Just a few months ago, the World Meteorological Organization (WMO) warned of this It can exceed the global temperature of the planet, with a probability of 40%, compared to the pre-industrial era over the next five years, so it can to be above 1.5°C by 2026. It’s not a new warning, experts have warned for years about rising temperatures across the planet and its consequences. Added to this is the latest report from the Intergovernmental Panel of Experts on Climate Change (IPCC), published this week, which addresses five possible scenarios, one of which is the one that can be reached if the current situation is maintained: Without changes, an increase of 1.5 degrees in 2040, two degrees in 2060 and 2.7 in 2100.”red code for humanity“.
The main novelty of this report is that it analyzes climate change at the regional level, as well as climate phenomena that generate impacts, “with particular attention to extremes, region by region.” No doubt: Climate change is already affecting all regions of the world, which increases the chances of various “clusters” of extreme weather events, such as torrential rain or heat waves – this week, in fact, begins first heat wave Summer in Spain – specific to each region. All of these changes, as the Supreme Council for Scientific Research (CSIC) explains, will be “more general than [del aumento] 2°C, compared to 1.5°C global warming.
At this point, one of the contributions to this report was interactive atlas, a digital tool developed by CSIC itself and Predictia, which provides access to regional information and analyzes of the “IPCC Report Key Findings”, with the aim of aiding the development of “future policies on climate change”. With this atlas, you can access a large (and diverse) amount of climate information, from maps to strings or tables, and subsequently process it from data from organizations such as the Earth System Network Consortium (ESGF) or the Copernican Climate Change Service.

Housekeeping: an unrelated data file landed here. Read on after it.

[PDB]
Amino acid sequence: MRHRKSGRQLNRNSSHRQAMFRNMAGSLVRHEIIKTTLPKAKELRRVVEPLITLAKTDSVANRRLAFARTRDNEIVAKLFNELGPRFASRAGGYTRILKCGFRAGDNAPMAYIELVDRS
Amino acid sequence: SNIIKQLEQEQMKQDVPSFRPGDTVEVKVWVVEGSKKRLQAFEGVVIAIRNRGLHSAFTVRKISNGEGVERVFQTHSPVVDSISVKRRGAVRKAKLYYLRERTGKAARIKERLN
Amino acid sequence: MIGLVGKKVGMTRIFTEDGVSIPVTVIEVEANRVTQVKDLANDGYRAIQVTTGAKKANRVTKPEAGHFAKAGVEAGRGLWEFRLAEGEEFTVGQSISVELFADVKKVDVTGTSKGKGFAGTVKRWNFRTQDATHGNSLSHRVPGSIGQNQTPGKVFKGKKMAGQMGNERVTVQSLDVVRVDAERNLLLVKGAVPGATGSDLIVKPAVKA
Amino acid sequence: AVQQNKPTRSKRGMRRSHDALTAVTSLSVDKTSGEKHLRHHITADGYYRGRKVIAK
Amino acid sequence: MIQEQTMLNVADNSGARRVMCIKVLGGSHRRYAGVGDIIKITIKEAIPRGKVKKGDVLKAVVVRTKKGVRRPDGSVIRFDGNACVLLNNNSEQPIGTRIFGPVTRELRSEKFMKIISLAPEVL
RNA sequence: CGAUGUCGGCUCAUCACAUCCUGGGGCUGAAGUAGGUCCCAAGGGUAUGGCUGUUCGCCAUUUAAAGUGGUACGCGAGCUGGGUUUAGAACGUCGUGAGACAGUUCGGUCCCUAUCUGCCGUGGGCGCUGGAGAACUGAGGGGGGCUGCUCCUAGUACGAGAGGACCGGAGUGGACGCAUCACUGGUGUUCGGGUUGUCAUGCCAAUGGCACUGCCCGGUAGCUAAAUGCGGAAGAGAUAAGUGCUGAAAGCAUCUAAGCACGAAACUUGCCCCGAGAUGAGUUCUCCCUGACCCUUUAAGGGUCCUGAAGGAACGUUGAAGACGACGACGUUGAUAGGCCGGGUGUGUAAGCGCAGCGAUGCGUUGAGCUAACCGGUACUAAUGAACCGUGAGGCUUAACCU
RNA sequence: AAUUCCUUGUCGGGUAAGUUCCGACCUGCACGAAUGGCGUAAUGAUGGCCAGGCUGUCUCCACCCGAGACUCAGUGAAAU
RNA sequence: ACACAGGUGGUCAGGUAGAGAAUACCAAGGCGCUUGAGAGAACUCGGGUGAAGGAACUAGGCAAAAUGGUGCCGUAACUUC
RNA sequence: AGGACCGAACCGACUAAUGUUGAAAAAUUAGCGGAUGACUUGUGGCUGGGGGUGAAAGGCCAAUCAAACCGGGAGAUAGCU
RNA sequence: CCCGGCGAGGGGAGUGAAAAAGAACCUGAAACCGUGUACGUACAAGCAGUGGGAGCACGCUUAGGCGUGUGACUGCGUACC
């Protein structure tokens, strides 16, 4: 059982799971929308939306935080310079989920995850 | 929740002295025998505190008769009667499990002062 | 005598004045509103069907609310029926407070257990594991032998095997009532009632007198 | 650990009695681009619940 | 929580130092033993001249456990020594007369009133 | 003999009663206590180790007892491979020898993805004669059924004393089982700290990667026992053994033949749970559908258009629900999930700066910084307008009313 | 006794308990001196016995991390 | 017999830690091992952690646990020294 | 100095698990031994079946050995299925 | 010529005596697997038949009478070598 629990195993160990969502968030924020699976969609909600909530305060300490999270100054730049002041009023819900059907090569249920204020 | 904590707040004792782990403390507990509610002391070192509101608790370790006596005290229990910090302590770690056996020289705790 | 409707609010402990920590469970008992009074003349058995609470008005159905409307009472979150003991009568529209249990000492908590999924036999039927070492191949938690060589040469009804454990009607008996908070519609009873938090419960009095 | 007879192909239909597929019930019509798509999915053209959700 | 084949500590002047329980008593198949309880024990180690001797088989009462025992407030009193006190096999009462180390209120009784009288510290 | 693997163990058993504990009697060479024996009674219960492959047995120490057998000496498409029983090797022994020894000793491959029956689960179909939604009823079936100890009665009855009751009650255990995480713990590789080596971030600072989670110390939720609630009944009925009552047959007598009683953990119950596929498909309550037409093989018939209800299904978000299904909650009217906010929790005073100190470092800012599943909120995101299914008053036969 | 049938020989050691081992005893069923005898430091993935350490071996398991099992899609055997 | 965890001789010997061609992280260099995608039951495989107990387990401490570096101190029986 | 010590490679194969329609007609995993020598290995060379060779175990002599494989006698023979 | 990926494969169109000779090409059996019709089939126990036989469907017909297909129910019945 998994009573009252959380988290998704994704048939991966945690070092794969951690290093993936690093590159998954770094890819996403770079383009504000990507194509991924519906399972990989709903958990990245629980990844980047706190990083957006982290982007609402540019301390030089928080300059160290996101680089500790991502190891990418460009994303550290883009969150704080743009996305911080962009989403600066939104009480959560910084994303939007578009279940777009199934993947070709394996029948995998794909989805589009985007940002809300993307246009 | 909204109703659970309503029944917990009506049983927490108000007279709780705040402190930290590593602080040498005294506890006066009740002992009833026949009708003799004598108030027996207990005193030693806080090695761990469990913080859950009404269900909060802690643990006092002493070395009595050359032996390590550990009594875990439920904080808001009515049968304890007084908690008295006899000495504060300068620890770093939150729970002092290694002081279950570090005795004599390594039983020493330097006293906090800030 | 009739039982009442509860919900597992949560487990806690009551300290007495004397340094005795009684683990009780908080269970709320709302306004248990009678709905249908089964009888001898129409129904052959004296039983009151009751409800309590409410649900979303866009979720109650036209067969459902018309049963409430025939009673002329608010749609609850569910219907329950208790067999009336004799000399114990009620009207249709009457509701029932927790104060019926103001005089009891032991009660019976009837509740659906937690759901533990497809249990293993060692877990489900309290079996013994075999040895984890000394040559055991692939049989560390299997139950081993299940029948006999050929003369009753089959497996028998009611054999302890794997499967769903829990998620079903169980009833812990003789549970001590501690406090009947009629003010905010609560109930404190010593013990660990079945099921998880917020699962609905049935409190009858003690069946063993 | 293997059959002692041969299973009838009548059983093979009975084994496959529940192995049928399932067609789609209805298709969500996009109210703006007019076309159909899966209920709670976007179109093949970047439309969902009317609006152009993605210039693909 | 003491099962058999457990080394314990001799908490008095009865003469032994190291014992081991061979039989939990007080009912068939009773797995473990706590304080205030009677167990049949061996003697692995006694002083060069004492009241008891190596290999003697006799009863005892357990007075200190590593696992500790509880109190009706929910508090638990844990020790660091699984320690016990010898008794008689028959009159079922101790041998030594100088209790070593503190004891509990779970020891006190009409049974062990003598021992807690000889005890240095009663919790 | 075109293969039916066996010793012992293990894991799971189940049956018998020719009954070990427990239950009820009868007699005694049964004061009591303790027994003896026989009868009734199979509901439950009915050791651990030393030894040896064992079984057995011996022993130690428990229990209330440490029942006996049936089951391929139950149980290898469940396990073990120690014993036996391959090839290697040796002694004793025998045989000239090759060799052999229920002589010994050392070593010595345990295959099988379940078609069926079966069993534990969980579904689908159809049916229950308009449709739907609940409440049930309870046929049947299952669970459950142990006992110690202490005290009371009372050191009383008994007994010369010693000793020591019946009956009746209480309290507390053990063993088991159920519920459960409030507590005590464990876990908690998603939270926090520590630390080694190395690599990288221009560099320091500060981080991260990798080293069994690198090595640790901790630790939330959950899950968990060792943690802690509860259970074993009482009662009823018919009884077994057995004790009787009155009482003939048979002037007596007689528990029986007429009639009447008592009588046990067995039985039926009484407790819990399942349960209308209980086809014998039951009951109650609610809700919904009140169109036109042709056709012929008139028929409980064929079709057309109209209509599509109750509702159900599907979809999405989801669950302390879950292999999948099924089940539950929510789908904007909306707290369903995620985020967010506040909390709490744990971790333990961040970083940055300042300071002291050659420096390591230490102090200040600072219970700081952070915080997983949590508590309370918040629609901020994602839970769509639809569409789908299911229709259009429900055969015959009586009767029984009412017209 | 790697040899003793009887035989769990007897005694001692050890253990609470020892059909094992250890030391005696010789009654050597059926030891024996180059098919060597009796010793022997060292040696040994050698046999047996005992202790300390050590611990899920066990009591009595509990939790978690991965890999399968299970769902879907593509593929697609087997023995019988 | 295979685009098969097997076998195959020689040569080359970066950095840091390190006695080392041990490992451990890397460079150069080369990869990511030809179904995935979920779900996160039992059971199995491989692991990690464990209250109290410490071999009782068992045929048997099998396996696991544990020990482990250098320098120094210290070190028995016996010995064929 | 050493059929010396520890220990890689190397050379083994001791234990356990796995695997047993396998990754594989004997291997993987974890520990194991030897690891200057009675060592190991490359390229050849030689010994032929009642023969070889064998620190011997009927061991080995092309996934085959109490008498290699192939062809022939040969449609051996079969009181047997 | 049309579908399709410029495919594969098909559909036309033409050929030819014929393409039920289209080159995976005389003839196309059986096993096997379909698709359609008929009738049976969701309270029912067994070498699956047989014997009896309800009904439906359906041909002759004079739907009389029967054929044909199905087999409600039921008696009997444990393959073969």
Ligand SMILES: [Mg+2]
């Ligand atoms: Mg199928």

The atlas consists of two components: on the one hand, the atlas contains regional information that provides access to data on climate change from the main sets of numbers used in the report, and on the other hand, the regional synthesis that summarizes and summarizes the main findings. From the report on Regional assessment of climate change for different types of phenomena: Heat, drought, sea level…so this tool serves not only to support the IPCC report itself, but also a ‘summary for policy makers’.
Future projection of global warming
Behind the development of this atlas is Jose Manuel Gutierrez, a researcher at the Institute of Physics in Cantabria, a joint center of CSIC and the University of Cantabria, as well as Predictia. Thanks to him you can Spatio-temporal and climatic analysis By different parameters, such as, for example, future projections of different scenarios or levels of global warming.
the The final version of the CSIC Interactive Atlas will be presented on September 27In the same month that the IPCC report will be presented in Spain, at a conference coordinated by the Spanish Office of Climate Change which, in addition to the Spanish authors who participated in the report, will be attended by representatives of the State Meteorological Agency (AEMET).
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